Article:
Anderson Cooper kicked off his stint as JEOPARDY!'s latest guest host on Monday. Naturally, during the course of the episode, Cooper paid tribute to the late Alex Trebek, who died in November following a battle with cancer. The CNN anchor is one of the many individuals who has been tapped to fill in for Trebek on the quiz show program, with others such as Aaron Rodgers, Katie Couric, and Ken Jennings also taking their turns behind the lectern.
Before they got into the questions, Cooper took some time at the top of the episode to reflect on Trebek's legacy. He also referenced how this wasn't his first time on the JEOPARDY! stage, as he previously took part in games such as the Celebrity Jeopardy Tournament. Cooper began by saying, "To be on this stage where Alex Trebek hosted Jeopardy! with such grace and intelligence for so long is really amazing and is very humbling." He went on to say that he's been a fan of the show and Trebek since he was in high school. Cooper then shared that he has won the Celebrity Jeopardy Tournament twice and that he "lost very badly twice."
"But, getting to guest host these next two weeks, raise money for good causes and pay tribute to Alex, it's really an honor," he continued. "I miss him and I know that we all do." Like previous guest hosts, Cooper will be hosting the program for the next two weeks, with his stint wrapping up on April 30. Just as he mentioned, JEOPARDY! has been donating money to the host's respective causes with the amount that the players earn during the course of the guest host's stint being the total that the show will give to their charity. According to PEOPLE, Cooper is raising money for Hôpital Albert Schweitzer Haiti, which is an organization that helps residents in the Artibonite Valley region in Haiti receive proper medical treatment.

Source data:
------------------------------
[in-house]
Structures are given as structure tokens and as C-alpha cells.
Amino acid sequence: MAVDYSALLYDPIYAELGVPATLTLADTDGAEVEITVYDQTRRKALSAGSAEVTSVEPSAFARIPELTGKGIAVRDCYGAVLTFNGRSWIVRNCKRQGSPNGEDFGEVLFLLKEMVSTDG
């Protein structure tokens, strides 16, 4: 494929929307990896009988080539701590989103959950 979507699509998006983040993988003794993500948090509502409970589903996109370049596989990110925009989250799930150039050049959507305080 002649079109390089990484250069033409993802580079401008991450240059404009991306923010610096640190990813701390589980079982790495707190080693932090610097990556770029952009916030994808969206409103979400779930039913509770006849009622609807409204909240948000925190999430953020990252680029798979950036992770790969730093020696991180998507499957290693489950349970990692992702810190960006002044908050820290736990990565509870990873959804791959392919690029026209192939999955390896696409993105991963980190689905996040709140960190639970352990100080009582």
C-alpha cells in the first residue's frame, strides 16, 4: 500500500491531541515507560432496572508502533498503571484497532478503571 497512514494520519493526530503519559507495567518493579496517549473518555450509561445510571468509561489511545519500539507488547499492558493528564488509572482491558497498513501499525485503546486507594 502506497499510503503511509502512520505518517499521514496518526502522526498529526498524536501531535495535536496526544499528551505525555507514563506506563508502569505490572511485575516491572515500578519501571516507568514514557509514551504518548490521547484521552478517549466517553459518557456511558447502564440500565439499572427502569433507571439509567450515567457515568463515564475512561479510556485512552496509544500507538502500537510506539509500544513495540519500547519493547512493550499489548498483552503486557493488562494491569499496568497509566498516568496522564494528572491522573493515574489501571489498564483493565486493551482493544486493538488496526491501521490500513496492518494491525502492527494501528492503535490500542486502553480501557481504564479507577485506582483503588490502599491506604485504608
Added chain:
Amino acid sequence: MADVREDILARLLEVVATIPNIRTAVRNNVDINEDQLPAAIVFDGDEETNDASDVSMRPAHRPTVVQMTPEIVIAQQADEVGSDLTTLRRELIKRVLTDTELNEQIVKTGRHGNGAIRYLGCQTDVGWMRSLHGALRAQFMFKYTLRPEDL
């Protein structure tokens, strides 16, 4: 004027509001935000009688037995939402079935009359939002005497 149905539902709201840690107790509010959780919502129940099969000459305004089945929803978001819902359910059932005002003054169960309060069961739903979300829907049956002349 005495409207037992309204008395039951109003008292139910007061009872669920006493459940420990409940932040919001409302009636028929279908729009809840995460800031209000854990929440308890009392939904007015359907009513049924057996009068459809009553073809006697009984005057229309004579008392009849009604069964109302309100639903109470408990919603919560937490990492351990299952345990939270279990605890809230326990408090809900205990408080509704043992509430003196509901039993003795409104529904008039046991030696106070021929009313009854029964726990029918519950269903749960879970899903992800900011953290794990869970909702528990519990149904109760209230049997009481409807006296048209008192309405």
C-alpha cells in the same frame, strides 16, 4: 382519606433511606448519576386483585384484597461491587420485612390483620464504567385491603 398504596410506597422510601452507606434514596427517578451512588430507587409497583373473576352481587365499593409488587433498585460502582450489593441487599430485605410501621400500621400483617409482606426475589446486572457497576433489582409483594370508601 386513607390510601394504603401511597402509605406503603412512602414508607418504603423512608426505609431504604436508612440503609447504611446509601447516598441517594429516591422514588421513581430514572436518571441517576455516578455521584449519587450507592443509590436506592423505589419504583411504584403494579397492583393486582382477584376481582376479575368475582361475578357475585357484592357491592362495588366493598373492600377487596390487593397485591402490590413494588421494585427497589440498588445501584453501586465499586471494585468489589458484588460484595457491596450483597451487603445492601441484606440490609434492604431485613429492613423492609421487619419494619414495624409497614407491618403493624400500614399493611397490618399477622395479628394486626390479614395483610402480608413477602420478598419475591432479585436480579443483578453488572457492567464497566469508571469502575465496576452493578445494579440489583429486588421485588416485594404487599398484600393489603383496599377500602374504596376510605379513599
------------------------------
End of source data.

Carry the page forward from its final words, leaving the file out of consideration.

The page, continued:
Ahead of his time as the guest host, Cooper noted that one of the previous stand-ins, Jennings, offered him some advice for filling in for Trebek, per CNN. Jennings reportedly urged Cooper to take a page out of Trebek's book, explaining, "The great thing about 'Jeopardy' is the game kind of runs itself. If you watch Alex, he had this light touch where he would do, you know, sometimes the least possible. He would kind of take himself out of the spotlight and very generously put it on the players. And I found that the more you could do that, 'Jeopardy' kind of runs itself."